Life in the Old Republic:

The Republic -
The Galactic Republic, for all the flaws and corruption has one key strength - the freedom and diversity it allows to its member worlds. This policy of non-intervention allows the Republic's member systems a great deal of freedom in just how to govern themselves and their regions, which in turns allows monarchies to continue untouched, Empires to hold great power and otherwise makes the galaxy a more interesting and lively place. Anything short of atrocities and out and out warfare is all good. Now, whether this tolerance for self-governing is due to apathy or out of some outdated idealistic concept that the members of the governing body still cling to is unknown. But the end result is clear - a much more colorful setting than during the reign of Palpatine.

Unfortunately this diversity is the republic's greatest weakness. While some planets chose to live peacefully and co-exist under this non-intervention policy, others chose to exploit it and test the bounds of the Republic's tolerance. These member governments employ brute force and other military measures to further their goals with impunity.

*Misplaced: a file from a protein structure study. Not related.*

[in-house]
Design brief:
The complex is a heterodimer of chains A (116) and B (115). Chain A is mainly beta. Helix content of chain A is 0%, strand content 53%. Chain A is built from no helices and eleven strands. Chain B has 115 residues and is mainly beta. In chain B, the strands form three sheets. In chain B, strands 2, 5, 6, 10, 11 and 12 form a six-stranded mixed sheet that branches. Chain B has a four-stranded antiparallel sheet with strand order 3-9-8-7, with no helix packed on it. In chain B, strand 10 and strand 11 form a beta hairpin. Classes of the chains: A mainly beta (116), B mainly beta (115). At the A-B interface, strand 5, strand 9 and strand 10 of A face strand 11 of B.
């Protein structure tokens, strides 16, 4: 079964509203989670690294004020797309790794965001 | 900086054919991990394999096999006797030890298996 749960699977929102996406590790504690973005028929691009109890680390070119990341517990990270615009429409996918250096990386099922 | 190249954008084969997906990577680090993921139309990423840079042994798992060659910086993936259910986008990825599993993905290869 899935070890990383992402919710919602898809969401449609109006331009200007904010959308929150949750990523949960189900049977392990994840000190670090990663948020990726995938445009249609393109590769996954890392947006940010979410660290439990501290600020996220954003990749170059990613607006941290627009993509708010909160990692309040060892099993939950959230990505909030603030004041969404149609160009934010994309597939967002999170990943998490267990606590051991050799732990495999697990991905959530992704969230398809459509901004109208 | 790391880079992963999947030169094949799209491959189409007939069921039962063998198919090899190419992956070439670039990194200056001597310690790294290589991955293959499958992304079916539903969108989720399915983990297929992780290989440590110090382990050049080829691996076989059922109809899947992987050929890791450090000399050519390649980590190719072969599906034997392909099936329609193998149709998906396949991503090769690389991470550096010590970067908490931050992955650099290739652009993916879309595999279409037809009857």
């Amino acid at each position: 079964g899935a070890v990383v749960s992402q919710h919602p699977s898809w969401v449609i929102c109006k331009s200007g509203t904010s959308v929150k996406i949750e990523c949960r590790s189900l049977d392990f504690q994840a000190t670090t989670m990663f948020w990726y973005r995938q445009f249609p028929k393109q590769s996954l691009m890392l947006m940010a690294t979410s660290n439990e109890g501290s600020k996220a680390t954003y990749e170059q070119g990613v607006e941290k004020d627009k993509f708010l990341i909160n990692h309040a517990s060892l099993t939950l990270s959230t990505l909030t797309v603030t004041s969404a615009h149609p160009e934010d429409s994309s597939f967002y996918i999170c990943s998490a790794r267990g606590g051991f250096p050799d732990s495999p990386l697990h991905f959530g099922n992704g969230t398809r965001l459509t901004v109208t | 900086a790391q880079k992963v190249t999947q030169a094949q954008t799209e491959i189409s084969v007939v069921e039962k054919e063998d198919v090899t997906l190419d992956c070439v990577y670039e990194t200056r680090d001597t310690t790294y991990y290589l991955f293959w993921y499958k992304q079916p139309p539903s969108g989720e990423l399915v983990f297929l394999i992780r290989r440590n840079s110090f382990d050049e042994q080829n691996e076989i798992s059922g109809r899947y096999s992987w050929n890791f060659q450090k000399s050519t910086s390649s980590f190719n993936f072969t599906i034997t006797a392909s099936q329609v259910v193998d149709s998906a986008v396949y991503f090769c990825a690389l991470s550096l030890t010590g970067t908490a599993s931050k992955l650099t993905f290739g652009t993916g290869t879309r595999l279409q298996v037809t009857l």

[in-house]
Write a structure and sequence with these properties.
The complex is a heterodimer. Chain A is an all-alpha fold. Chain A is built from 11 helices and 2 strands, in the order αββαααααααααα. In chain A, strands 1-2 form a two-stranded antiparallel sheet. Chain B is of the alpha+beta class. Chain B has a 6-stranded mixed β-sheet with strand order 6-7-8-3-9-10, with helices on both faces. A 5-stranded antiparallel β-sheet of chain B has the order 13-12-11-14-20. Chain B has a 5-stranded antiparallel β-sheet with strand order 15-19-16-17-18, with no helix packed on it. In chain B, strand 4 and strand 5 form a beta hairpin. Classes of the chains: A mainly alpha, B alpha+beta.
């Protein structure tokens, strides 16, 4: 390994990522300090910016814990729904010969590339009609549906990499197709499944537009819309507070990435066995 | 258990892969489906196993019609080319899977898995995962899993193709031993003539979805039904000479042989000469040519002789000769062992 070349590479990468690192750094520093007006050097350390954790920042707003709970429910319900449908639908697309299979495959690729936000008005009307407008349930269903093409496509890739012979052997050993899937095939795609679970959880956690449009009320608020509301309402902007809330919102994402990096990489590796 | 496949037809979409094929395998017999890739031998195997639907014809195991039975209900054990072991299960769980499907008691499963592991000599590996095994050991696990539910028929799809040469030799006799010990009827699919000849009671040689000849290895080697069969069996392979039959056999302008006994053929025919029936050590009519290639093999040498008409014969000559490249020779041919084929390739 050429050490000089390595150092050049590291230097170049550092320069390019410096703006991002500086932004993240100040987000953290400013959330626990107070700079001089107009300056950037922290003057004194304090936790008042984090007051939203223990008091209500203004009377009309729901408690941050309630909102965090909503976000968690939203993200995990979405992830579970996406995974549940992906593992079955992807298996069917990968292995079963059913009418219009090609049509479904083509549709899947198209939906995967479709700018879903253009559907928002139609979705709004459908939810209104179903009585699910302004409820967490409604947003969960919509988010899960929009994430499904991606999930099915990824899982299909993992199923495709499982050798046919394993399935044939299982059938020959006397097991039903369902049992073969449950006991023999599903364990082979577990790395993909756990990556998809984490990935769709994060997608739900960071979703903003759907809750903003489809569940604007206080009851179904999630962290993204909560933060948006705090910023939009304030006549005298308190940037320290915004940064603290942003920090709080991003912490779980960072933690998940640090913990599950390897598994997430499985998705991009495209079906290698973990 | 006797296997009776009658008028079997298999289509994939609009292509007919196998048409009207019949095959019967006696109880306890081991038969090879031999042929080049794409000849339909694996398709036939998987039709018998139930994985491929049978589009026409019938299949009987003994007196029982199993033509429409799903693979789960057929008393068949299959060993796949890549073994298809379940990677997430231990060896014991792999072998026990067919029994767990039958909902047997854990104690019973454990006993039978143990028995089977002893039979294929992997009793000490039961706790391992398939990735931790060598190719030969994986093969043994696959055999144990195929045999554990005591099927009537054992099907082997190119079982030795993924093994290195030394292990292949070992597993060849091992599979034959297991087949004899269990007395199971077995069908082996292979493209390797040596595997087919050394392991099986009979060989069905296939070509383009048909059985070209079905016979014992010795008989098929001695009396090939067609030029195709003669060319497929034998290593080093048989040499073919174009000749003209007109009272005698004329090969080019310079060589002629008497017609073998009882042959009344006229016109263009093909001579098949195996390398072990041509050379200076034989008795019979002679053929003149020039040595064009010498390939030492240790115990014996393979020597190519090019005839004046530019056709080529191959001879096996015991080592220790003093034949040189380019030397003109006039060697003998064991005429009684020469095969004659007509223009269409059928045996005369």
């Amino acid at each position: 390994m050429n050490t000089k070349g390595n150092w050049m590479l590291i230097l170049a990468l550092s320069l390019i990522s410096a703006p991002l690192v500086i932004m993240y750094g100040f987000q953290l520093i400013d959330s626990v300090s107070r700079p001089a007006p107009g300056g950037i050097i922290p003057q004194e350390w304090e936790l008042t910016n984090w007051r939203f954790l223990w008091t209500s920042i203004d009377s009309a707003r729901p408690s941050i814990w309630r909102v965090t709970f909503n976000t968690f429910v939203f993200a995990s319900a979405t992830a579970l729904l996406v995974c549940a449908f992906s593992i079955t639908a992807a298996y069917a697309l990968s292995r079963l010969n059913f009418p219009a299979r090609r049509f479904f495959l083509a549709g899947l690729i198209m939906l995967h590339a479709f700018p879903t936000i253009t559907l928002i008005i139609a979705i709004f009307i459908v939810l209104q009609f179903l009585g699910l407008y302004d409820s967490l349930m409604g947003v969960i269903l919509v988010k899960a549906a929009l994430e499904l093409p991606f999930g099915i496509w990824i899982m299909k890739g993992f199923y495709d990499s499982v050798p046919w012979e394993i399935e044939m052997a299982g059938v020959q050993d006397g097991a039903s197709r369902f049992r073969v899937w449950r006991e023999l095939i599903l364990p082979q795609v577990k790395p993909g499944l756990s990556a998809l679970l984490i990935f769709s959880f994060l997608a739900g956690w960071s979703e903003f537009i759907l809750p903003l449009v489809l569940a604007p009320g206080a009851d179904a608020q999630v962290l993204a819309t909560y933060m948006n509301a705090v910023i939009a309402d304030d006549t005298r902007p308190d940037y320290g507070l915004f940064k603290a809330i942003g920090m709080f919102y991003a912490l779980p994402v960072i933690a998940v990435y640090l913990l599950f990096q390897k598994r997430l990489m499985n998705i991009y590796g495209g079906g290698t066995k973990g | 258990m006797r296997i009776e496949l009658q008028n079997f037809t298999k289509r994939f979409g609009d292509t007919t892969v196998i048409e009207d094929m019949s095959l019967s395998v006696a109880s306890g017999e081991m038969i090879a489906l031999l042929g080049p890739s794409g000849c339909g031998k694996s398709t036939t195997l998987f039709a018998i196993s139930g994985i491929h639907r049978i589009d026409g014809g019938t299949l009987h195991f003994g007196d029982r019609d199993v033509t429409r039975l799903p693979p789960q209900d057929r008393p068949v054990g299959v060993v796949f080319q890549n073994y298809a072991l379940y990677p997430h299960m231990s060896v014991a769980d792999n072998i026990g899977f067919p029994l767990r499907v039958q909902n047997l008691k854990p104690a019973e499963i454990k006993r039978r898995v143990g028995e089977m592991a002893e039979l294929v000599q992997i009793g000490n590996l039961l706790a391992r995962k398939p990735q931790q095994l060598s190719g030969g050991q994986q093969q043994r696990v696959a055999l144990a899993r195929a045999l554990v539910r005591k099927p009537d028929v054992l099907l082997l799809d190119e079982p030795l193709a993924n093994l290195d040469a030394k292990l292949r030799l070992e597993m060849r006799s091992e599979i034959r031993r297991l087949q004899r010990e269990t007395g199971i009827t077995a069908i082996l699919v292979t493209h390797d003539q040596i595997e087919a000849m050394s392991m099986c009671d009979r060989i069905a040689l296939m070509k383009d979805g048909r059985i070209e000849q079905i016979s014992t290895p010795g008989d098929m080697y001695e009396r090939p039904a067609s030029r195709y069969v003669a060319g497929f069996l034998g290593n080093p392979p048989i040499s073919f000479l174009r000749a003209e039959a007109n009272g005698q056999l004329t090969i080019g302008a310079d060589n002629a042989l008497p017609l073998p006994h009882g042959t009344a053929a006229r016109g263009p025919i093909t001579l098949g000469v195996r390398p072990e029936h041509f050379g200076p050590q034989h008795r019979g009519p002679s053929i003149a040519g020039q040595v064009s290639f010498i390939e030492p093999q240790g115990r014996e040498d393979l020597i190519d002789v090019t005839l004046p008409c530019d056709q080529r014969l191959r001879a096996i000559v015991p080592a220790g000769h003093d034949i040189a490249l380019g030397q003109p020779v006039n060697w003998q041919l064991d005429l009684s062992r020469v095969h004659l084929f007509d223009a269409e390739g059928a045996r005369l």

Certain measures can and may be taken however, should these forces grow too far powerful for even the corrupt Republic to ignore. However, the Republic does not have a strong standing military - should the need arise, just how much force can the Republic bring to the table? Add into this mix the apathy and corruption in the senate, and it is inevitable that some member planets will be made to suffer.

Also - the Republic is far from what one might consider squeaky-clean. As the decay and corruption spreads throughout this political body, cracks in the gleaming facade of power begin to show through. Simple acts, not nearly on the order of magnitude as some of the Empire's human rights violations - but shady none the less. It could be as simple as a senator's slightly garbled message to a Republic task-force that inadvertently orders a strike against an opponents holdings. It could be as overt as uprooting an indigenous population from a republic member world - certainly legal, but extremely unethical.

The Jedi -
Although far from being corrupt and decadent like the Republic senate, it is quite obvious that the Jedi council is rapidly becoming weak and ineffective. When presented with the rising threat of the Sith by Qui-gon, the council all but assigned a committee to the problem vowing to look into it as soon as possible, Perhaps the prophecy referring to the balance of the Force is not of light and dark out of proportion, but a Jedi council that has grown so cautious (or complacent) that they have lost their effectiveness.